On appeal, the First Court first determined that the trial court should have permitted BGI to file its supplemental petition. Lyon, however, argued that that error was harmless, because Rule 270 forbade receipt of evidence on the disputed issue of presentment post-verdict. Rule 270 provides: “When it clearly appears necessary to the due administration of justice, the court may permit additional evidence to be offered at any time; provided that in a jury case no evidence on a controversial matter shall be received after the verdict of the jury.”

The court noted that the application of Rule 270 in the context of a bifurcated trial in which the parties agreed to try the fees issue to the court was a case of first impression in Texas. However, the court held that by agreeing not to submit the issue to the jury, Rule 270 did not bar the trial court from receiving evidence of the disputed issue after the jury rendered its verdict. The court seemed to make a clear distinction between issues submitted to the judge and issues submitted to the jury. This case makes clear that when parties have agreed not to submit certain issues to the jury, there is no requirement that a hearing on the issues submitted to the judge be had prior to the jury’s verdict.


In re Blankenhagen, No. 14-16-00699-CV, 2016 WL 6809189 (Tex. App.—Houston [14th Dist.] Nov. 17, 2016, no pet. h.).

A default judgment that does not determine the amount of damages is not a final judgment.

Relators Larry Blankenhagen and Dian Petty contracted with Noble Building & Development, LLC (“Noble”) for construction of their home. In 2012, Relators sued Noble for breach of contract. The contract included a dispute-resolution provision, which required relators to first submit their claim to an “Initial Decision Maker.” Relators and Noble designated the Architect as the Initial Decision Maker. Relators submitted their claim, and the Architect issued his Initial Decision in favor of relators, but did not make a final determination of the damages. The Initial Decision estimated the damages ranged from $366,636.31 to $513,316.31 and approved Relators’ claim.

Relators filed their petition for declaratory judgment and Noble failed to timely answer. On April 2, 2016, the trial court signed a default judgment in favor of Relators. The default judgment entered by the trial court provided that Noble was indebted to Relators “in the amount as set out in the Initial Decision by the Architect.” On June 9, 2016, the trial court denied Relators’ motion for hearing to prove the amount of damages. The trial court denied the Relators’ motion because it concluded the default judgment was a final judgment and its plenary jurisdiction had expired. The Relators filed a petition for writ of mandamus asking the Fourteenth Court of Appeals to compel the trial court to vacate its order denying Relators’ motion for hearing.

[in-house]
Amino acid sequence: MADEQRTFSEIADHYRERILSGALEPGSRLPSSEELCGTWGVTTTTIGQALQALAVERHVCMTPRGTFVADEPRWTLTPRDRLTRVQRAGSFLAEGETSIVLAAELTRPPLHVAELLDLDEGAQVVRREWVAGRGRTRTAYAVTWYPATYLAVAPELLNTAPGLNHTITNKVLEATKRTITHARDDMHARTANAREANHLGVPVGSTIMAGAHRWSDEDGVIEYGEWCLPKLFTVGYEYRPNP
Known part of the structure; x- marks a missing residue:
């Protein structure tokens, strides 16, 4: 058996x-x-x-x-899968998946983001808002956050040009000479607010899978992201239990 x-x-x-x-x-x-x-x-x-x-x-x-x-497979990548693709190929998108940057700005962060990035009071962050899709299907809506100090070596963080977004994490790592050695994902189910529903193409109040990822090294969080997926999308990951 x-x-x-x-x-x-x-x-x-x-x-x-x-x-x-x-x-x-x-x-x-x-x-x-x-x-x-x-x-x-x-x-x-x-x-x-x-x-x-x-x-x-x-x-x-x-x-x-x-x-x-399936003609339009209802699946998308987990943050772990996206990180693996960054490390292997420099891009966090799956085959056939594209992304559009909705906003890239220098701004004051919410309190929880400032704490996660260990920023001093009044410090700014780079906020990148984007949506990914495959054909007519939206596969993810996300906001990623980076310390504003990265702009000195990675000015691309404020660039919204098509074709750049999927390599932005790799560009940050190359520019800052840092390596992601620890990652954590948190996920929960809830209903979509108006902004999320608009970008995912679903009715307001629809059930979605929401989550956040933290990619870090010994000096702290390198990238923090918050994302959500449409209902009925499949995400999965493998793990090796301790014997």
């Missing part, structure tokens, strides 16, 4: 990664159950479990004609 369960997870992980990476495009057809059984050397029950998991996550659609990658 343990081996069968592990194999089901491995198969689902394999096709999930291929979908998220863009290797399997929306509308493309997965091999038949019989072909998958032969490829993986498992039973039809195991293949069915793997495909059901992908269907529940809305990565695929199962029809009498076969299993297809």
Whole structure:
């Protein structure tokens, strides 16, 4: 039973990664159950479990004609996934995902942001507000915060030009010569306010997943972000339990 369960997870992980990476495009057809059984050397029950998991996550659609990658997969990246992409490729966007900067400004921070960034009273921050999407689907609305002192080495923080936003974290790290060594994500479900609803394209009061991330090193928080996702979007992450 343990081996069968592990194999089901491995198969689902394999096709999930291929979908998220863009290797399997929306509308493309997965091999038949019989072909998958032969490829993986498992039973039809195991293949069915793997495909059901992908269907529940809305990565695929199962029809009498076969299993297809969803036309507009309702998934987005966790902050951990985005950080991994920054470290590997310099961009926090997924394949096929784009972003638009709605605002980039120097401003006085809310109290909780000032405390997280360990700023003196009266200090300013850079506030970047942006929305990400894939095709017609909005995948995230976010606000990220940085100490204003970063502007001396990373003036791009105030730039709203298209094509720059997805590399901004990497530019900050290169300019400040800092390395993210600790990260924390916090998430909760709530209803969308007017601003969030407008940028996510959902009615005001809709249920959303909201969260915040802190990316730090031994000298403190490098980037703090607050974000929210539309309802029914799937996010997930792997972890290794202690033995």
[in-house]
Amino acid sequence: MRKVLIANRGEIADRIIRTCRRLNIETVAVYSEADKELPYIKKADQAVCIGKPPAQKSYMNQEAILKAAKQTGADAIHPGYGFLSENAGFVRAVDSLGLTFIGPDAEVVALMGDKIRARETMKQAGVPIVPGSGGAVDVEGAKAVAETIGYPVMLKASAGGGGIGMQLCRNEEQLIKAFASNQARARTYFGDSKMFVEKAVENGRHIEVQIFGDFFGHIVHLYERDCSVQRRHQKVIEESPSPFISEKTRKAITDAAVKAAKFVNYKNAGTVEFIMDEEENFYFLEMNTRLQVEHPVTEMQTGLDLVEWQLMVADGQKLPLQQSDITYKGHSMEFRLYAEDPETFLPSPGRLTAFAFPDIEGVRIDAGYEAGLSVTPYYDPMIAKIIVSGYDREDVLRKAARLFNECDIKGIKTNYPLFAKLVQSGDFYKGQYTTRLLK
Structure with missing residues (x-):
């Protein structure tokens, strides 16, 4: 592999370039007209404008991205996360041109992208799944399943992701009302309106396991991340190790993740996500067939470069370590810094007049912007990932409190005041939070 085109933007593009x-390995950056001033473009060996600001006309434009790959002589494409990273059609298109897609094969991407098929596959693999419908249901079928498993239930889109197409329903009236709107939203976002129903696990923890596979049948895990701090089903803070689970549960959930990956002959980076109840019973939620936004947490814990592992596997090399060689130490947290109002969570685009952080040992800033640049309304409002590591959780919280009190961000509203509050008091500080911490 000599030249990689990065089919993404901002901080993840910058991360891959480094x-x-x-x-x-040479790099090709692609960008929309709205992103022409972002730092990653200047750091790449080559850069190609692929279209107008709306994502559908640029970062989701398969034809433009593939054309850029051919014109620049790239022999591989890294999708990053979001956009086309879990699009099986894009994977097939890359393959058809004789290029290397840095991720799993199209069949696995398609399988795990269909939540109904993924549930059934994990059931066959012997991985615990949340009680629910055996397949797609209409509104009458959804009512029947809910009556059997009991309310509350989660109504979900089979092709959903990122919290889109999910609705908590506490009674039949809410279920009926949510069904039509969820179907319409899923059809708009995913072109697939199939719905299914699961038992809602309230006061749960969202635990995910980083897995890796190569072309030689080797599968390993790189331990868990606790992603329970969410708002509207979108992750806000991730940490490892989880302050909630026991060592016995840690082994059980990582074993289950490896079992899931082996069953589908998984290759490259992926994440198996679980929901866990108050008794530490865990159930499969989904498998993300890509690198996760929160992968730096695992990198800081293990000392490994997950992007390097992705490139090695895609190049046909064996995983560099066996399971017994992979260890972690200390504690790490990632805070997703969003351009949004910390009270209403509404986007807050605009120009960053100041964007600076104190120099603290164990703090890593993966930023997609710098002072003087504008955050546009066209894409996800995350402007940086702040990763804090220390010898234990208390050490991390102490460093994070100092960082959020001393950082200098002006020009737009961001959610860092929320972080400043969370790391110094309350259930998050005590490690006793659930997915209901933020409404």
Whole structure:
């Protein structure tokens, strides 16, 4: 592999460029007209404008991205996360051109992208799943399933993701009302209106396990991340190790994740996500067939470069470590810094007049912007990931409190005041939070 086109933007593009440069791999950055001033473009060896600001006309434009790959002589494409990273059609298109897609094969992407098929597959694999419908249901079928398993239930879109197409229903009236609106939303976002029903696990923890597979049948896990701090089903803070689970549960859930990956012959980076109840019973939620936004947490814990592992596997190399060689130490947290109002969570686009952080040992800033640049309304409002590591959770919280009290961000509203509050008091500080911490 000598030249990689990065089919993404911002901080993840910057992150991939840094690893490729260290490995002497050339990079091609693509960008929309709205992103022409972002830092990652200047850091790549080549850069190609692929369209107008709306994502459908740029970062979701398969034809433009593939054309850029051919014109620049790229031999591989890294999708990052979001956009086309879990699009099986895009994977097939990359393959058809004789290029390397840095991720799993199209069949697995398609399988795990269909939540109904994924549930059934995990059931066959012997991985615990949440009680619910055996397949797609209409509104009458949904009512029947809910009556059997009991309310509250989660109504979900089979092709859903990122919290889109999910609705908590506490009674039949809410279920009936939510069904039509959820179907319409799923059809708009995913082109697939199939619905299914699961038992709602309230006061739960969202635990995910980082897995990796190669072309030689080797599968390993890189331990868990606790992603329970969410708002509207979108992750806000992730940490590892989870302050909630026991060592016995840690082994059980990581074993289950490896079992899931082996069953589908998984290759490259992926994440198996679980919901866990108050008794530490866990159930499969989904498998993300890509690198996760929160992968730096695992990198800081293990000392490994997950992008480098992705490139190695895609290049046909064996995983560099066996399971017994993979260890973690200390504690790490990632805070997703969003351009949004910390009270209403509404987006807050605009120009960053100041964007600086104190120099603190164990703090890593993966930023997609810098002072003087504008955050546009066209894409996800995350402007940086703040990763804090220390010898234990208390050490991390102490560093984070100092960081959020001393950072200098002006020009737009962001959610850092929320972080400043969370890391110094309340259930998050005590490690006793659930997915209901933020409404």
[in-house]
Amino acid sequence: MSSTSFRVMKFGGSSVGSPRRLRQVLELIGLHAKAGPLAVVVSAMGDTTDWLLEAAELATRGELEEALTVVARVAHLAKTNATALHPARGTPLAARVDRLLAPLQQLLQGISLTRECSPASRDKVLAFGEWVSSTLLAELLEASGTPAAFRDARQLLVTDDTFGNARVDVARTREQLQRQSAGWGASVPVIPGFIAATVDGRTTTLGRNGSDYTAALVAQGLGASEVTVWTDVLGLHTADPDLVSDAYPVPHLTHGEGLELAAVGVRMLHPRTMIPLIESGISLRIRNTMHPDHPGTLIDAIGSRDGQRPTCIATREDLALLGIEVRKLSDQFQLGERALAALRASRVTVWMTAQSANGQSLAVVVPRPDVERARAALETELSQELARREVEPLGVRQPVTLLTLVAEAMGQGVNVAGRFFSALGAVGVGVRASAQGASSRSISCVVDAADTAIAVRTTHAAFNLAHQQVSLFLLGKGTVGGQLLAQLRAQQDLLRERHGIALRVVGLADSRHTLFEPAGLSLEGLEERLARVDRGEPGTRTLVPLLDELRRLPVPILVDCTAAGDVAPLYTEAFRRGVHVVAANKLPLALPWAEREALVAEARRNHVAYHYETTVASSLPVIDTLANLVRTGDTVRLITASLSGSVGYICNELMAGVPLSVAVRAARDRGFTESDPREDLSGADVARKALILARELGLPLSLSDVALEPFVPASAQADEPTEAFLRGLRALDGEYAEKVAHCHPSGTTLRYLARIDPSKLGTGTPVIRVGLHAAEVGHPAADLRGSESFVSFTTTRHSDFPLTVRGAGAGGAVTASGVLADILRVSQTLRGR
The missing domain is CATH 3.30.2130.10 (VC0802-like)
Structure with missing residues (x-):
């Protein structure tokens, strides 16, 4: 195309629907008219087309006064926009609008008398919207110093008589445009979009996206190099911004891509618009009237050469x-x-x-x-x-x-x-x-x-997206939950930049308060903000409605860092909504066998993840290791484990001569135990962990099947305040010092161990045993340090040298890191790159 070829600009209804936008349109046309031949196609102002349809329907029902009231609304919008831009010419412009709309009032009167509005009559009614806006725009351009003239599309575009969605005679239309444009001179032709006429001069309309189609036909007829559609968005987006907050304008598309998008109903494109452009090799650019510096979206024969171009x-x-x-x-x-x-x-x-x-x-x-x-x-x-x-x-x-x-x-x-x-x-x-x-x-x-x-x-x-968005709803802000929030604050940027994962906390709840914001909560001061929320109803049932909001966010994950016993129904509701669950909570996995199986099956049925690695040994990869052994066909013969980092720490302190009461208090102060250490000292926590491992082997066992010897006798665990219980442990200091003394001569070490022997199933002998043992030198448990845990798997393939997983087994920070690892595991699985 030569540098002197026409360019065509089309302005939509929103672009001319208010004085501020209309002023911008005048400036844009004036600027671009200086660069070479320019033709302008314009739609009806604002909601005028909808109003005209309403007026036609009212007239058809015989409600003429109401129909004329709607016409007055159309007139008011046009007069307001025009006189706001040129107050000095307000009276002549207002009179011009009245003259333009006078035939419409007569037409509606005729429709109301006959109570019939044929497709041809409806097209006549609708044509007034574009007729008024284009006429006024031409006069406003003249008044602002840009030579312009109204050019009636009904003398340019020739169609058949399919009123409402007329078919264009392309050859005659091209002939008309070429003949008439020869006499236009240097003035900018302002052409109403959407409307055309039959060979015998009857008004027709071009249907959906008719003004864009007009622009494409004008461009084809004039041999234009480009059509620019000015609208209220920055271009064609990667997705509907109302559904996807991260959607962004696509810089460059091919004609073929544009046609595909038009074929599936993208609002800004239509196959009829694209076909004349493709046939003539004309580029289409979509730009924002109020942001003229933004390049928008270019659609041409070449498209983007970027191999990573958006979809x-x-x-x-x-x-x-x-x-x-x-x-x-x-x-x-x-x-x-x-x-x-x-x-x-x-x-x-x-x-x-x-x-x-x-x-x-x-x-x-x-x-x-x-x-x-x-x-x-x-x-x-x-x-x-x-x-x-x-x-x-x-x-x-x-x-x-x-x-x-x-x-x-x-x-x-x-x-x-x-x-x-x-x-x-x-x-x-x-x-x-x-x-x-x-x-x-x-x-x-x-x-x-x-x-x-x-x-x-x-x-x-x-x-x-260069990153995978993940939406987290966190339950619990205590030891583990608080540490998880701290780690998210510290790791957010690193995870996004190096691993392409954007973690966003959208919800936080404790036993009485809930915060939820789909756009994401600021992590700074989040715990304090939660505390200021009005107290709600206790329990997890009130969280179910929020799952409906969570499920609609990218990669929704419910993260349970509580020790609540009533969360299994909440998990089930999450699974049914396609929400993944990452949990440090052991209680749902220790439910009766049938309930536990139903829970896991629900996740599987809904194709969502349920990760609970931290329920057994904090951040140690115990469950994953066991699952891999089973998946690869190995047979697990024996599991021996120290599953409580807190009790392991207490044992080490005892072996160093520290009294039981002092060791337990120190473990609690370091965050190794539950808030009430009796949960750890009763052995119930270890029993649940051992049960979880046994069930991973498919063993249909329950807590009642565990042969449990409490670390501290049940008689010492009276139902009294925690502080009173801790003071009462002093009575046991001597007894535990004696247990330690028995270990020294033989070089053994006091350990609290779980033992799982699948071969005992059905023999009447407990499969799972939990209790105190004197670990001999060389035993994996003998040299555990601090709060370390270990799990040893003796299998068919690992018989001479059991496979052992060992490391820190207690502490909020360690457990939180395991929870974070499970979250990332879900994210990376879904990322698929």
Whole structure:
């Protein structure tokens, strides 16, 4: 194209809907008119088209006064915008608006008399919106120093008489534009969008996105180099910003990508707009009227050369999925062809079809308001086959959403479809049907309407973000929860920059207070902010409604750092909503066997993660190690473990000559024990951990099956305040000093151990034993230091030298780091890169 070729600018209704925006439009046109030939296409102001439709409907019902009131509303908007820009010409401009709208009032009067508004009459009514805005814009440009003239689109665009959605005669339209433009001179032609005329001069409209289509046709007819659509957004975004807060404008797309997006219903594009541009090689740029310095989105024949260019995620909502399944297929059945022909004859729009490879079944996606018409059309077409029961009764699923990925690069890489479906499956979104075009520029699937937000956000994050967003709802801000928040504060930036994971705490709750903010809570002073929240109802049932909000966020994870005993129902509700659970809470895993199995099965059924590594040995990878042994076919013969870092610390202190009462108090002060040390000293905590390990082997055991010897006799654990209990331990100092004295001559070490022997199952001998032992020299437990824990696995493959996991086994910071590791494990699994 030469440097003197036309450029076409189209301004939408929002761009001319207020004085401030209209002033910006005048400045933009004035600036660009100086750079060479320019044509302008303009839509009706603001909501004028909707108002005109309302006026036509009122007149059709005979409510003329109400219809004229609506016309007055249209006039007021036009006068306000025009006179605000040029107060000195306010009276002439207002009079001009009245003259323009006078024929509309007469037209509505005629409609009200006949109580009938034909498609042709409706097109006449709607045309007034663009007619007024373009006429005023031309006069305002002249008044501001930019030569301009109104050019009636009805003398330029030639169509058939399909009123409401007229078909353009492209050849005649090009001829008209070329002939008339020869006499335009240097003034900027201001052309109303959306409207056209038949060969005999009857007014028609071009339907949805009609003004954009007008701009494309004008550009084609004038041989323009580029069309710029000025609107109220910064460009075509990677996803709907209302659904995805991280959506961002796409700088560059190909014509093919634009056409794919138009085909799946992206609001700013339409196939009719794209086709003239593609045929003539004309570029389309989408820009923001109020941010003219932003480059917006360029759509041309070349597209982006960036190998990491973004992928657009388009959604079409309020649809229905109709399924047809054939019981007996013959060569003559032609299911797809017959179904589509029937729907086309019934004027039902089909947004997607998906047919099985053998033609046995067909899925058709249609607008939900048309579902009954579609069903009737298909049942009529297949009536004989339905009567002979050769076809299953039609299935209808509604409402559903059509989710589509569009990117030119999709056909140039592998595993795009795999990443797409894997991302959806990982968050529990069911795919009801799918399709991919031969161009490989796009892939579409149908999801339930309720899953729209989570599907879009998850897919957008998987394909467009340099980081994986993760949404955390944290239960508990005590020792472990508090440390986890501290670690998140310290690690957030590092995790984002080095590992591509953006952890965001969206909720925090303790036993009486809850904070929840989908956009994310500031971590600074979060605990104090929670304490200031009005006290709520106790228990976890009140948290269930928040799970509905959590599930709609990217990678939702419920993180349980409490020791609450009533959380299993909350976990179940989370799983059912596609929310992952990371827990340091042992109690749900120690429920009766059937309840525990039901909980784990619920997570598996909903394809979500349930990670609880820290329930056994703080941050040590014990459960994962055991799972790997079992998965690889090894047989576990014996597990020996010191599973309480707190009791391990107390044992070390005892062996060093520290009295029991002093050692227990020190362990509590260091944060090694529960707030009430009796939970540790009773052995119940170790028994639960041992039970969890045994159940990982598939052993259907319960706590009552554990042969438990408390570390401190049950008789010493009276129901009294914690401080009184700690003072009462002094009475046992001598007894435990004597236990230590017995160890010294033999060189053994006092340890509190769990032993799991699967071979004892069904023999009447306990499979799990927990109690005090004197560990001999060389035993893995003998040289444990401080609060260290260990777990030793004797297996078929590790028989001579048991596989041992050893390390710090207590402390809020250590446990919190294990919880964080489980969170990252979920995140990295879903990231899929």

Justice Donovan, writing for the majority, held the default judgment was not final because the damages awarded could not be ascertained from the judgment or the attached Architect’s Initial Decision. Noble argued that even though the damages could not be ascertained, the default judgment was final because it stated, “[t]his judgment finally disposes of all parties and all claims and is appealable.” This language is the example given by the Texas Supreme Court in Lehmann v. Har–Con Corp. as a statement that would leave no doubt that the court’s intention was to make a final, appealable order. 39 S.W.3d 191, 206 (Tex. 2001). Because the default judgment had this language, Noble argued the default judgment was a final judgment. The Court rejected this argument and concluded the Lehmann did not overrule or create an exception to the Texas Supreme Court’s prior decisions that a judgment must be definite and certain to be final. See e.g., Hinde v. Hinde, 701 S.W.2d 637, 639 (Tex. 1985).

The Court held the trial court abused its discretion by concluding it lacked plenary jurisdiction to hear and consider Relators’ request for an award of damages in a certain amount. The Court directed the trial court to vacate its order denying Relators’ motion for hearing on damages, remand the issue as to the amount of damages to the Architect for determination, and conduct a hearing on Relators’ claim for attorney’s fees.